A close look at a rare gambit

Chess Checks

A close look at a rare gambit

There was a time in the 18th century when gambits were very fashionable, where in a player would sacrifice a pawn in the early stages of the game for active play. To accept the gambitted pawn was more often the done thing, while rejecting the pawn was sort of frowned upon.

These volatile openings, predominantly the King’s Gambit and the Evans Gambit led to plenty of fireworks in the form of sacrifices and combinations, and generally provided more thrills to the followers.

In the game which follows, Black plays the Benko gambit, one which is rarely seen these days at high level tournaments. Black however tries a novelty early and fails to get his attack going, never getting any compensation for the gambitted pawn. In fact it is White who systematically builds up an attack to clinch the game.

White: AleksandrovAleksej (2591) – Black: Van der Weide Karel (2467)
Saint Vincent, 2000
Benko Gambit
1.d4 Nf6 2.c4 c5 3.d5 b5
The Benko Gambit where Black sacrifices a pawn early in the game for active play. This is one of the volatile and exciting defences against the Queen’s Gambit but is rarely seen in top level games these days.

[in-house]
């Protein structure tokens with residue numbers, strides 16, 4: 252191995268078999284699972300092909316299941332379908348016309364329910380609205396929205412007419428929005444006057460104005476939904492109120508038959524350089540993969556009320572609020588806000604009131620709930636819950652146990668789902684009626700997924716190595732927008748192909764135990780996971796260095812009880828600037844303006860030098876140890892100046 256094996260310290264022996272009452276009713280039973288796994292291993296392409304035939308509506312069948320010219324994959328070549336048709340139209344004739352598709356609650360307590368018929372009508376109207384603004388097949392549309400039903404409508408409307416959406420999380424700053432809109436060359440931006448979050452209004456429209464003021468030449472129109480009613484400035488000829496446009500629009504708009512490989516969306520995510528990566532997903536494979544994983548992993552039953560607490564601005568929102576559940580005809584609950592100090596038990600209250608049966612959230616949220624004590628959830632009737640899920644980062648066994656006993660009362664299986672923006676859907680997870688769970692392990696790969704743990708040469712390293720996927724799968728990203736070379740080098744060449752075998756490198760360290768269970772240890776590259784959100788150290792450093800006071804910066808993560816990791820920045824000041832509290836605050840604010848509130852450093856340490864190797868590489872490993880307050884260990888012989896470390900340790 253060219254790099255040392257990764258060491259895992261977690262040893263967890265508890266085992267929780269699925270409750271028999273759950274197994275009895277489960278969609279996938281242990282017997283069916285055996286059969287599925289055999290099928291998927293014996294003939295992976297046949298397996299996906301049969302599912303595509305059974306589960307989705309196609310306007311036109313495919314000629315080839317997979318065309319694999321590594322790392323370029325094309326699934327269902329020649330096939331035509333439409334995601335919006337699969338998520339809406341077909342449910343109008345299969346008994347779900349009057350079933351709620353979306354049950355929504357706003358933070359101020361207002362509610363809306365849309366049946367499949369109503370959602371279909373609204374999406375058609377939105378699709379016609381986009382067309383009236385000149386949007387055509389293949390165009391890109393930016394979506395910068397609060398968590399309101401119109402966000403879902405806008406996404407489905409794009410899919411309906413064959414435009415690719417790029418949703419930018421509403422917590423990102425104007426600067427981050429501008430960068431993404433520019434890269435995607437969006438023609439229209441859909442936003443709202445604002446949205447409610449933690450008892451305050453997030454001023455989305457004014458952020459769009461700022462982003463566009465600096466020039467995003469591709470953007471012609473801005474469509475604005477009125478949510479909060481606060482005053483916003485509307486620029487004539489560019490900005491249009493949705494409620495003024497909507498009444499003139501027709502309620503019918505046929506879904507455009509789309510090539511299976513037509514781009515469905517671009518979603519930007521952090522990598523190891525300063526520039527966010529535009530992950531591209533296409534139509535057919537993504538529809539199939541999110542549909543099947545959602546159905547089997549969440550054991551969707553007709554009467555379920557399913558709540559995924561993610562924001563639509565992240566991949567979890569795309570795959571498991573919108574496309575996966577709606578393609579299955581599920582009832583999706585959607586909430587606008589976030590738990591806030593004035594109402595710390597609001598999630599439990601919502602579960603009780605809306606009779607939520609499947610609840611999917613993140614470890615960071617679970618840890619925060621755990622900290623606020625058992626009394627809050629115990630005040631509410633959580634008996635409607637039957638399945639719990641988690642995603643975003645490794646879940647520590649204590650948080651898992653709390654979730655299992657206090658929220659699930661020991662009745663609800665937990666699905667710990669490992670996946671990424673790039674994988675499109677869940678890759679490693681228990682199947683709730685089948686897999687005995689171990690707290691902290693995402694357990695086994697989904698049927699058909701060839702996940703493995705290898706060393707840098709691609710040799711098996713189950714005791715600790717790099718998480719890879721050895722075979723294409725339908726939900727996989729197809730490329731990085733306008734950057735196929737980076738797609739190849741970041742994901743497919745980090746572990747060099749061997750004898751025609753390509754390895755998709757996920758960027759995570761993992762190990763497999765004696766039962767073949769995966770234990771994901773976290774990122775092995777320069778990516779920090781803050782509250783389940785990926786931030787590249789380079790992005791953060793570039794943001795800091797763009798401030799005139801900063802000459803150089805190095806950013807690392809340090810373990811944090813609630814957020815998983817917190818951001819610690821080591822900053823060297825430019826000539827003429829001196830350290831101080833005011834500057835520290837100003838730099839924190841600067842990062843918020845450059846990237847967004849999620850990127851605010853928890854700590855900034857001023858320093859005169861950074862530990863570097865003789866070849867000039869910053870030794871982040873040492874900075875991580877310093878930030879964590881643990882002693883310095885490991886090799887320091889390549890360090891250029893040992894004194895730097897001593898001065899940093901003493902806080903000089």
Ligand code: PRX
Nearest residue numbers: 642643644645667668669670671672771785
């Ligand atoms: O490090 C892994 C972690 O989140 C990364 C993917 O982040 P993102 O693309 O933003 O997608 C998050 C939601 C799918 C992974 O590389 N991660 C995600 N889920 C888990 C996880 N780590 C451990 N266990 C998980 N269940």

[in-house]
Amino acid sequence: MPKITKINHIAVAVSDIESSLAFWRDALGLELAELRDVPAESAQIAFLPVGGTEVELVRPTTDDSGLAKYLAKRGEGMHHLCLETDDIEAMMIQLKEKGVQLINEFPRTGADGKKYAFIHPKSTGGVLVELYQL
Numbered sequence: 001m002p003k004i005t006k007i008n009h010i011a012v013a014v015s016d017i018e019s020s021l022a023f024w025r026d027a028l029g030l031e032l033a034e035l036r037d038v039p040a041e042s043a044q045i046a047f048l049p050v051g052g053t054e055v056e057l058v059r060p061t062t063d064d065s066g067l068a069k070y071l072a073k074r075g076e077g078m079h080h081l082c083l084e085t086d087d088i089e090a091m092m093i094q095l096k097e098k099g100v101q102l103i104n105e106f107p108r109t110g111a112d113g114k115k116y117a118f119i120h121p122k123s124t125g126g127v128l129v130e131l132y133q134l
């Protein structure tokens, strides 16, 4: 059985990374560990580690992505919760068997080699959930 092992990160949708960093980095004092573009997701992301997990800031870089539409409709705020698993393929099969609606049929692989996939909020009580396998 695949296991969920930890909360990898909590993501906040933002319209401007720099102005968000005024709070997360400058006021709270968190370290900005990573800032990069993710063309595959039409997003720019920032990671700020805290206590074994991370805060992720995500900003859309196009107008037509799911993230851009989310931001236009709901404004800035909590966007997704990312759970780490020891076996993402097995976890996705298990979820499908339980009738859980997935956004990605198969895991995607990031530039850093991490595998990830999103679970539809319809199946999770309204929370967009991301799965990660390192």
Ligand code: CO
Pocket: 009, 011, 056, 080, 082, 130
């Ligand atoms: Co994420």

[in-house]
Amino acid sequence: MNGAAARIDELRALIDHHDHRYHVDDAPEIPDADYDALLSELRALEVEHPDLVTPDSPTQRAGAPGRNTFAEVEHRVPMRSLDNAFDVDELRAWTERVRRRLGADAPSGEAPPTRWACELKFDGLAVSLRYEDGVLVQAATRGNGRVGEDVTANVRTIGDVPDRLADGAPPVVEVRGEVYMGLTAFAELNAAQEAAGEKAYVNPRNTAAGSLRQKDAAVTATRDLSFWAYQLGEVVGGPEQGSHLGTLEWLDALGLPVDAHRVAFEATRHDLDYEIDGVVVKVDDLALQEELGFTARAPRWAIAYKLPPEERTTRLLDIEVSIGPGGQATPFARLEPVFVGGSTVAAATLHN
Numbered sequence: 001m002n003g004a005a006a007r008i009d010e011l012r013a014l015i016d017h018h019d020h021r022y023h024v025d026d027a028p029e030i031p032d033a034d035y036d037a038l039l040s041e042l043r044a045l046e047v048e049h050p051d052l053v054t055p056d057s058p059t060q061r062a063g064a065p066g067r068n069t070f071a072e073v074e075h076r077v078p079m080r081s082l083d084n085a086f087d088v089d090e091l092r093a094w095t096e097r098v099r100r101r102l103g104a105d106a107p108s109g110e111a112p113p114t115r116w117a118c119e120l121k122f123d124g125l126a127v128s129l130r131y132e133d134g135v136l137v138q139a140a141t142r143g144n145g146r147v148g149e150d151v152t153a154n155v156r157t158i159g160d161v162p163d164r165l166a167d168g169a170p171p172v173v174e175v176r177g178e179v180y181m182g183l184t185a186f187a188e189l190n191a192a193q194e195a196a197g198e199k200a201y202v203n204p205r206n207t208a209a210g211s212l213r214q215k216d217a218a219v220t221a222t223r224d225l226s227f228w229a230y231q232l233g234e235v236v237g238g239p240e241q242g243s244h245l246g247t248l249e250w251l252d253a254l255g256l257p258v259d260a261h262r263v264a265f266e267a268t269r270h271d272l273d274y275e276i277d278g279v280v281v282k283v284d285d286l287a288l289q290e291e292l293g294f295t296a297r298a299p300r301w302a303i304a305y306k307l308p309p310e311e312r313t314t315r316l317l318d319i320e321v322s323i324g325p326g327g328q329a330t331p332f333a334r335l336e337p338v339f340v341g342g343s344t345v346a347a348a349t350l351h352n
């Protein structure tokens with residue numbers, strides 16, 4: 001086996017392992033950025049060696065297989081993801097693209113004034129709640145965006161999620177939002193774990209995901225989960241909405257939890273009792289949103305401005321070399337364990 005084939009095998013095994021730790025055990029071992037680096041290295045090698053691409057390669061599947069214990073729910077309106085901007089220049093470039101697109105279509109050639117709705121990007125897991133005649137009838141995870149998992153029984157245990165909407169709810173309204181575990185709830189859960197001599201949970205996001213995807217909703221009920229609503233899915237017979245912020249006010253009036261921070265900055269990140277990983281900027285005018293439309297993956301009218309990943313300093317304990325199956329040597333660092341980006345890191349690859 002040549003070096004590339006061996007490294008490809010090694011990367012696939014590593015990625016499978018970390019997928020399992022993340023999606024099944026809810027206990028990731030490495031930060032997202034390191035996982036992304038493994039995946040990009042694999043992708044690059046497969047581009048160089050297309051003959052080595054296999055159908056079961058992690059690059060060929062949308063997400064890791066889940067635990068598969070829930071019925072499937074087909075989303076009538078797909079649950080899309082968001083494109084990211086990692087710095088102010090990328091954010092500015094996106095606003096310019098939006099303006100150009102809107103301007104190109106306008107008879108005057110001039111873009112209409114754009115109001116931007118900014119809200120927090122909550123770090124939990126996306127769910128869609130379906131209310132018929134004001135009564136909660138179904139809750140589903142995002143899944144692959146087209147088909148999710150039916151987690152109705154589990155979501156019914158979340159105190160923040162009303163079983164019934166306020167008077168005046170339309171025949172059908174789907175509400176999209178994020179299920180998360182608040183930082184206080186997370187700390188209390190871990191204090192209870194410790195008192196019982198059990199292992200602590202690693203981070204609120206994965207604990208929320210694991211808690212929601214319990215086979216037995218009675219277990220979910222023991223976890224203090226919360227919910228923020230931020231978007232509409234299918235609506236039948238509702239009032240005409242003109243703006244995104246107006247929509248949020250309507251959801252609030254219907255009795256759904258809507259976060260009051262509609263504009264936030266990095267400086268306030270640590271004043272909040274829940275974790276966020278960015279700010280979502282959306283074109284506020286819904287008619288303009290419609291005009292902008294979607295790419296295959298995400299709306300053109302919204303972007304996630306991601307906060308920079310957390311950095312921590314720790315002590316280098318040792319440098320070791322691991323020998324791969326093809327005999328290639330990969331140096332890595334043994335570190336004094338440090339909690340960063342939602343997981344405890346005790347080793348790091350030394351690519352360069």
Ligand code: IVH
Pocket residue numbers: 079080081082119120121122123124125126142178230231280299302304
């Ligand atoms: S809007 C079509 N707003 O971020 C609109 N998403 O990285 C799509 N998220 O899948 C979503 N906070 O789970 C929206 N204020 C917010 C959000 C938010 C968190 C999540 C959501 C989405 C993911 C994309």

4.cxb5
White accepts the gambitted pawn. The other options is 4.Nf3 e6
4. ..a6. Hurling one more pawn!
5.bxa6 g6 6.Nc3 Bxa6 7.g3
White can also think of 7. e4
7. ..d6 8.Bg2 Bg7 9.Nf3 Nbd7 10.Rb1
This was a new idea at that time. Other options are 10.0–0 Nb6 11.Rb1
10...Nb6
If 10...0–0 11.0–0 Nb6
11.b3

Diagram 1

11. ..Bc8
Black tries a new idea by retreating back the bishop to the original square but this does not appear like a good move
If 11...Ra7 12.0–0 Qa8 13.Nh4 0–0 And if  11...Bb7 12.Nh4 Ra5
12.Nh4
If 12.e4 Ba6 13.Bf1 Qc8 14.Bd2 0–0 15.Bxa6 Qxa6
12...h6 13.Qc2 Qd7 14.Bd2
White played a novelty here. Generally this bishop is placed at 14.Bb2
g5 15.Nf3 Qf5 16.e4 Qg6 17.0–0 0–0 18.Qd2
14...g5 15.Nf3 Bb7
Black could capture the central pawn with any of his knights 15. ..Nbxd5  15.Nxd5 Nxd5 16.Nxg5 Bb7 And if 15...Qf5 16.e4 Qg6 17.Rc1
16.e4 Ba6 17.a4
A good move!
17. ..0–0
If 17...Qc7 18.Nd1
18.a5 Nc8 19.e5 Nh7
If 19...dxe5 20.Nxe5 Qc7 21.Nc6 (21.d6 Nxd6 22.Bxa8 Rxa8) And if 19...Ng4 20.h4 gxh4 21.Rxh4 dxe5 22.Nh2  Nxh2 23.Bxh6 And if 19...Ne8 20.h4 g4 21.Ng5
20.h4
Putting on pressure on King-side
20. ..g4 21.Ng5 Nxg5
If 21...hxg5 22.hxg5 f5 23.gxf6 Nxf6 24.exf6 Rxf6 25.Qh7+ Kf8 26.Ne4
22.hxg5 Bxe5 23.Rxh6
White can consider 23.b4 cxb4
23. ..f5
If 23...Re8 24.Qh7+ Kf8 25.g6
24.Rg6+
Better is to continue 24.gxf6 exf6
24...Kf7
If 24...Kh7 25.Re6
25.Re6 Ke8
Trying to escape from the King-side with White’s pieces threatening a massive invasion
26.b4. White is relentless in his pursuit
26. ..cxb4 27.Rxb4 Ra7 28.Na4 Rc7 29.Qb3  and Black resigned for if 29.Qb3 Rh8 30.Nb6 Qd8 31.f4 gxf3 (31...Rh2 32.fxe5 Rxg2 33.Rh6 Kf7 34.e6+ Kg8 35.Bc3) 32.Qxf3
1–0

Diagram 2

White to play and checkmate
1.Nh4+ Kf4 2.g6 checkmate


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